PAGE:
The second is through a coordinated boycott campaign. This too is legitimate but is an uncivil disagreement. Brands do not have a world view — brands rarely have world views except some such as Patagonia; only people do. Brands only have a sales view and invest money in ads accordingly. And brands advertise positive narratives — they do not ask anyone to boycott, hate, or hurt someone. The coordinated boycott campaigns are uncivil precisely because they elicit sentiments of hatred and divisiveness in response to brands asking people to come together and look beyond their differences or proposing newer ways of thinking — both of which are merely perspectives. We saw the first, i.e., a brand depicting togetherness, in the Tanishq Ekatvam ad. It showed a Muslim family preparing a traditional Hindu baby shower for their pregnant Hindu daughter-in-law. It attempted to “celebrate the coming together of people from different walks of life,” Tanishq said in a statement after anger erupted, but withdrew the ad nevertheless. And we saw the second, i.e., a brand pushing us to think in new ways, in the recent Dabur ad depicting a homosexual couple celebrating Karva Chauth. In India, same-sex marriages are not legally recognised.
A chilling effect
At the most basic level, brands merely propagate a message in order to sell a product. Brands cannot impose anything on the people, unlike governments. If a person does not approve of or like a brand’s ad or its message, they have the freedom to ignore the ad or message. They also have the freedom to disagree vocally and share a counterpoint. But when that disagreement is taken to an extreme level, such as calling for a boycott, that means that the aggrieved person wants to force the brand to comply with their line of thought. That is not just intolerance, it is bullying. This is bound to lead to self-censorship and inhibit the ideas and creativity of brands. It creates a chilling effect on companies.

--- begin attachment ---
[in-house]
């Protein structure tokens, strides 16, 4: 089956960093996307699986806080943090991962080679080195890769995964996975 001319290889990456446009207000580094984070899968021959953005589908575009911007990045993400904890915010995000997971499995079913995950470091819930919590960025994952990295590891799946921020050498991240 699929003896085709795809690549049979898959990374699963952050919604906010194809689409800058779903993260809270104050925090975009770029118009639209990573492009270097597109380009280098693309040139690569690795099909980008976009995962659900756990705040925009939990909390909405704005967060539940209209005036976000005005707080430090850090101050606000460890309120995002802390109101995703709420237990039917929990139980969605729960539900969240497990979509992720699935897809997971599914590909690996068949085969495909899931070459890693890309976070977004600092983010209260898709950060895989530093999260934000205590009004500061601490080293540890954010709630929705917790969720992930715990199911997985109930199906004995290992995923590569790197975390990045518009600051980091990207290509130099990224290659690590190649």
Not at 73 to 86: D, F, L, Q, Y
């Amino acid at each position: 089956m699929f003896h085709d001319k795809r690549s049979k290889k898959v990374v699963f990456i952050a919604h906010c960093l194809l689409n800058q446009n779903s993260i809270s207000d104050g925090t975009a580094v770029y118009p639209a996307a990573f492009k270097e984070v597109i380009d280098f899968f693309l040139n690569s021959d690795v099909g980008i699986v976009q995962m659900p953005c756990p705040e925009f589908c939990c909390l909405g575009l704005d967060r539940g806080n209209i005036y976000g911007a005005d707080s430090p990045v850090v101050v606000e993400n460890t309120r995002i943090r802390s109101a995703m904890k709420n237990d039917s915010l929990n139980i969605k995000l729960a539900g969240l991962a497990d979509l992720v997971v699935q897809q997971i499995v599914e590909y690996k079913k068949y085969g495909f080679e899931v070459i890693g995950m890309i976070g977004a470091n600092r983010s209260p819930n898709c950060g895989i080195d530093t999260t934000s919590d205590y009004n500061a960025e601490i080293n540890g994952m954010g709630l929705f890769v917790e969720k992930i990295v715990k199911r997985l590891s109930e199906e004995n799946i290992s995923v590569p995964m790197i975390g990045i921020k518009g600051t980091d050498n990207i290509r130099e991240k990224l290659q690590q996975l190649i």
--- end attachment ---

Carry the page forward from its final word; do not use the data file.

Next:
To be sure, people have been taking offence citing “hurt sentiments” for a long time. This is certainly not a recent phenomenon. But earlier, in the quieter days when there was no social media, “sentiments were hurt” in small, isolated circles. Now, any counter-perspective is shared with the world within minutes. And the ones who say their sentiments have been hurt usually tag others who they know will espouse the same ideology or cause. If they all have a huge social media following, the post goes viral within hours or even minutes.
Brands should stand by their ideas and creativity. They must decide what is the best way to tell the story of the brand as long as they are not miscommunicating with consumers or misleading them. But that conviction seems to be missing these days. All we see is brands quickly capitulating to bullies and withdrawing their ads. This will only embolden the bullies to call for more boycotts in the assumption that all brands will submit meekly to every threat. This will only fuel intolerance.
Karthik Srinivasan is a communications professional